The Magistrate's Blog (2005-2012)

This blog has migrated to www.magistratesblog.blogspot.co.uk This blog is anonymous, and Bystander's views are his and his alone. Where his views differ from the letter of the law, he will enforce the letter of the law because that is what he has sworn to do. If you think that you can identify a particular case from one of the posts you are wrong. Enough facts are changed to preserve the truth of the tale but to disguise its exact source.

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Location: Near London, United Kingdom

The blog is written by a retired JP, with over 30 years' experience on the Bench.

Tuesday, July 12, 2005

Trial and Error

When we sit on a trial, especially one that takes a few hours to hear, the whole pace of our work slows right down. Rather than the rapid-fire business of the remand court, when we might deal with 100 items of business in a day, or an afternoon spent sentencing cases that have had reports prepared, we have a chance to hear the whole of a case, from the prosecution’s opening statement to verdict and, if guilty, sentence.

When I first started hearing trials I was struck by the gentle unfolding of the story – after the prosecutor introduces the case everything looks straightforward, and then, one by one, the witnesses come forward, each with his or her piece of the jigsaw. What seems clear at the outset begins to take on unexpected nuances and angles. People tell us what they saw (or at least what they think they saw) and we take account of the way they give their evidence, and how they respond to cross-examination, that powerful tool that sometimes, with one question, snaps the light on in my head, and I can see: “Yes, that’s what happened”.

We are trained to consider evidence in a structured way, and we start by paring the case down to the agreed and the disputed facts. The agreed matters need not detain us, so we look at the crucial facts that will determine whether the Crown will prove its case. Where particular aspects of the law are involved the parties and our legal adviser will have given their opinions and advice in open court before we retire. We might be addressed on case law, on the elements of the offence, or on underlying principles such as the vital need to treat identification evidence with great caution. If I am part of a seasoned bench we might interrupt at the first mention of R v Turnbull, saying “We are familiar with the guidance in Turnbull, but if you wish to refresh our memory further, please do so”. Some advocates cannot take the hint, so our cup of tea, so essential to considering evidence, will have to wait a few more minutes.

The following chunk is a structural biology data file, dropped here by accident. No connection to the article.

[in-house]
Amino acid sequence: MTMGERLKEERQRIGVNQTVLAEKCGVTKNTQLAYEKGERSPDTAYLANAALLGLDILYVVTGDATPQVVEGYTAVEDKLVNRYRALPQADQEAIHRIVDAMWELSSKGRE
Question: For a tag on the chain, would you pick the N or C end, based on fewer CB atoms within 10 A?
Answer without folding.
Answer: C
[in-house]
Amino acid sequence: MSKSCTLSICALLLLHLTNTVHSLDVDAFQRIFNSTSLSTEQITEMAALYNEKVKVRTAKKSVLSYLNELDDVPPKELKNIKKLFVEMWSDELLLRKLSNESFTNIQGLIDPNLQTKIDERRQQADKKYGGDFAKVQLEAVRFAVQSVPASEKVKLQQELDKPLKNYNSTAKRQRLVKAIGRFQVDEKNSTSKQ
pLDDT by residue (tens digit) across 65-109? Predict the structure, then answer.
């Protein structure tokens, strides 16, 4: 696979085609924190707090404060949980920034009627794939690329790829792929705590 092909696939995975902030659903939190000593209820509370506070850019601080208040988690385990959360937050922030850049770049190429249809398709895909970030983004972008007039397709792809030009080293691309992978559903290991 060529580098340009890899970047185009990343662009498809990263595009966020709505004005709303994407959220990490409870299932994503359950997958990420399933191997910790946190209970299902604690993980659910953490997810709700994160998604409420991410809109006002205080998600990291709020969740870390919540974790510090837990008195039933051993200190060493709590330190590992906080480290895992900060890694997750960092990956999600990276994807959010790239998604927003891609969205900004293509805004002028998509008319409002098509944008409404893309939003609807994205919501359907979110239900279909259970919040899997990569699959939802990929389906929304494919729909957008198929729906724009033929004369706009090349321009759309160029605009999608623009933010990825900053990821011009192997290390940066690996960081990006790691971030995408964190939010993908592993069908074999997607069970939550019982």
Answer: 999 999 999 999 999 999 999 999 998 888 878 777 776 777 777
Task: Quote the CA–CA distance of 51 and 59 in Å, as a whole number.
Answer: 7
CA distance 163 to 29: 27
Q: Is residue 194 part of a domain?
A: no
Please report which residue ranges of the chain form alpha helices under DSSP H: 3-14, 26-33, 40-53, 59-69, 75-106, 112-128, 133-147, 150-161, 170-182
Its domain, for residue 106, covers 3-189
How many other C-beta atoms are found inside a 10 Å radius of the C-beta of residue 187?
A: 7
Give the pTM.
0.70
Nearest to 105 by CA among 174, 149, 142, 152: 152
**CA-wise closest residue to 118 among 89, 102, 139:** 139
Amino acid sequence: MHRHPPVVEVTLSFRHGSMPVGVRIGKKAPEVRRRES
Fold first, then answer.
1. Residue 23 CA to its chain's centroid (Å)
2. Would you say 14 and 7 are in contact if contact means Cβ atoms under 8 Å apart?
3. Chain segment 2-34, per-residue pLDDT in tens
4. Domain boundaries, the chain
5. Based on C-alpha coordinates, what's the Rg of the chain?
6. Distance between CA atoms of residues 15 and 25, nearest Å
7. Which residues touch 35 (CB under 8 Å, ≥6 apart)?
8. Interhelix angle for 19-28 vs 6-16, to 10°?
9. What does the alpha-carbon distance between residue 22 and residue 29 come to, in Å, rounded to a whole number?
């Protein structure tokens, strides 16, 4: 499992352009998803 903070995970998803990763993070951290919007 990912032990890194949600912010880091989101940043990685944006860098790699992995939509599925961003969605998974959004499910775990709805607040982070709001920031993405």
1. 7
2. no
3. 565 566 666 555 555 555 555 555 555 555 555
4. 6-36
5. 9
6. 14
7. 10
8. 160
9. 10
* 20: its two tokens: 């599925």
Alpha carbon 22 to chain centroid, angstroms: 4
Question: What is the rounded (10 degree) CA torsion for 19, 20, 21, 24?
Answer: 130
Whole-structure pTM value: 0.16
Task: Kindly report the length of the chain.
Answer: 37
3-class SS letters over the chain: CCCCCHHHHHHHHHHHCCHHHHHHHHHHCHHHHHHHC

Our task is to consider whether the Crown has proved its case Beyond Reasonable Doubt. That is not the same as deciding what really happened though. It is impossible to avoid forming your own idea of the true story, but we must keep that entirely separate from our verdict. The best place for it is in the post-court debrief between the bench and clerk.

A long time ago we heard a not-guilty plea to drink-driving. The defendant’s demeanour, not to mention his tie and the badge on his blazer, made it obvious that he was a former police officer. He was now employed as head of security at a large local business. The canteen lady had been found in possession of a part-used packet of bacon, and he had been sent for. Police were called. The two PCs who attended tried to persuade him not to press charges – the value of the stolen bacon was only a pound or two, and the lady would inevitably lose her job. He was adamant, quoting management orders, and the lady was duly arrested and taken to the police station. A couple of hours later the officers called from the station asking our man to go down to make a statement. He went about an hour later, made the statement, and spent a few minutes chatting about the old days when he had been in The Job. During the genial conversation it transpired that our former Sergeant had been to the Blue Lamp Club (the police sports and social club) earlier and had met a few old pals. He also casually mentioned that he had used the Old Pals’ Act to park in the Police Station car park.

Out of the blue, one of the PCs produced a breathalyser and asked him to take a breath test. He thought that it was a joke at first but he soon found out that it wasn’t. He failed, and was arrested and charged, which is how he ended up in court.

After the trial was over, we were sure that the full story was that the two young PCs had had quite enough of the old Sergeant’s patronising manner, and they were very unhappy about his pressing charges against the canteen lady. So they decided to teach him a lesson, on the basis that those who play everything by the book had better be careful to stay the right side of the law themselves.

The final twist in the tale is that we acquitted him. Once the officers formed a reasonable suspicion that he had been driving and that he had consumed alcohol, they had a duty under PACE to caution him before asking any further questions, and they didn’t. That made the arrest invalid, so off he went.

It’s better than the telly when that sort of thing happens.